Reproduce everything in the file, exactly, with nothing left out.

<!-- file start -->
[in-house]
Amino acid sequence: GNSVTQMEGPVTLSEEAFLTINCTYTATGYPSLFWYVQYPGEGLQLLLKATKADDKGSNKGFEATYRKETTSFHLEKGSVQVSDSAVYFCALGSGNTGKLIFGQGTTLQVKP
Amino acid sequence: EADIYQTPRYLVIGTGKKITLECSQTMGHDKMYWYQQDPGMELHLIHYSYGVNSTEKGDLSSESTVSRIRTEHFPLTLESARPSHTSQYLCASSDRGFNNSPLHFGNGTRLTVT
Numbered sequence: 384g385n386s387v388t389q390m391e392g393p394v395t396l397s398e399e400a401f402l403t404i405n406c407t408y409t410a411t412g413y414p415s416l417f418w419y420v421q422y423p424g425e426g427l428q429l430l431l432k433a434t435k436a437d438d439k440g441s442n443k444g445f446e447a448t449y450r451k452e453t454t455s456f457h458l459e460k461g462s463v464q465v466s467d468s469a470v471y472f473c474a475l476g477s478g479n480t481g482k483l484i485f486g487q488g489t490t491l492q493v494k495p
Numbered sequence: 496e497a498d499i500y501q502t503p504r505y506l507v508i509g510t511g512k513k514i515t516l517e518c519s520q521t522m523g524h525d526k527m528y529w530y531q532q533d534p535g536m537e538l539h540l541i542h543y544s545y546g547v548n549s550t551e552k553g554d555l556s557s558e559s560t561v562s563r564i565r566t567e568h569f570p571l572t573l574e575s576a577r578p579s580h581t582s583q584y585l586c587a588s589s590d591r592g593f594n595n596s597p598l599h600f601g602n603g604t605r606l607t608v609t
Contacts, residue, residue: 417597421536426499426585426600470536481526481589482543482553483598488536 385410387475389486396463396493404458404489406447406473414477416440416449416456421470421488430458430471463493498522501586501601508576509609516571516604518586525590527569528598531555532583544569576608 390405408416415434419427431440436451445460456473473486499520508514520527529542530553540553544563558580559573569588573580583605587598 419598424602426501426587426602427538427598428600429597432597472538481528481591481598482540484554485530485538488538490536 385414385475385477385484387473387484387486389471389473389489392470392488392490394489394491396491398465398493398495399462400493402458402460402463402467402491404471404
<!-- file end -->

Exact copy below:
[in-house]
Amino acid sequence: GNSVTQMEGPVTLSEEAFLTINCTYTATGYPSLFWYVQYPGEGLQLLLKATKADDKGSNKGFEATYRKETTSFHLEKGSVQVSDSAVYFCALGSGNTGKLIFGQGTTLQVKP
Amino acid sequence: EADIYQTPRYLVIGTGKKITLECSQTMGHDKMYWYQQDPGMELHLIHYSYGVNSTEKGDLSSESTVSRIRTEHFPLTLESARPSHTSQYLCASSDRGFNNSPLHFGNGTRLTVT
Numbered sequence: 384g385n386s387v388t389q390m391e392g393p394v395t396l397s398e399e400a401f402l403t404i405n406c407t408y409t410a411t412g413y414p415s416l417f418w419y420v421q422y423p424g425e426g427l428q429l430l431l432k433a434t435k436a437d438d439k440g441s442n443k444g445f446e447a448t449y450r451k452e453t454t455s456f457h458l459e460k461g462s463v464q465v466s467d468s469a470v471y472f473c474a475l476g477s478g479n480t481g482k483l484i485f486g487q488g489t490t491l492q493v494k495p
Numbered sequence: 496e497a498d499i500y501q502t503p504r505y506l507v508i509g510t511g512k513k514i515t516l517e518c519s520q521t522m523g524h525d526k527m528y529w530y531q532q533d534p535g536m537e538l539h540l541i542h543y544s545y546g547v548n549s550t551e552k553g554d555l556s557s558e559s560t561v562s563r564i565r566t567e568h569f570p571l572t573l574e575s576a577r578p579s580h581t582s583q584y585l586c587a588s589s590d591r592g593f594n595n596s597p598l599h600f601g602n603g604t605r606l607t608v609t
Contacts, residue, residue: 417597421536426499426585426600470536481526481589482543482553483598488536 385410387475389486396463396493404458404489406447406473414477416440416449416456421470421488430458430471463493498522501586501601508576509609516571516604518586525590527569528598531555532583544569576608 390405408416415434419427431440436451445460456473473486499520508514520527529542530553540553544563558580559573569588573580583605587598 419598424602426501426587426602427538427598428600429597432597472538481528481591481598482540484554485530485538488538490536 385414385475385477385484387473387484387486389471389473389489392470392488392490394489394491396491398465398493398495399462400493402458402460402463402467402491404471404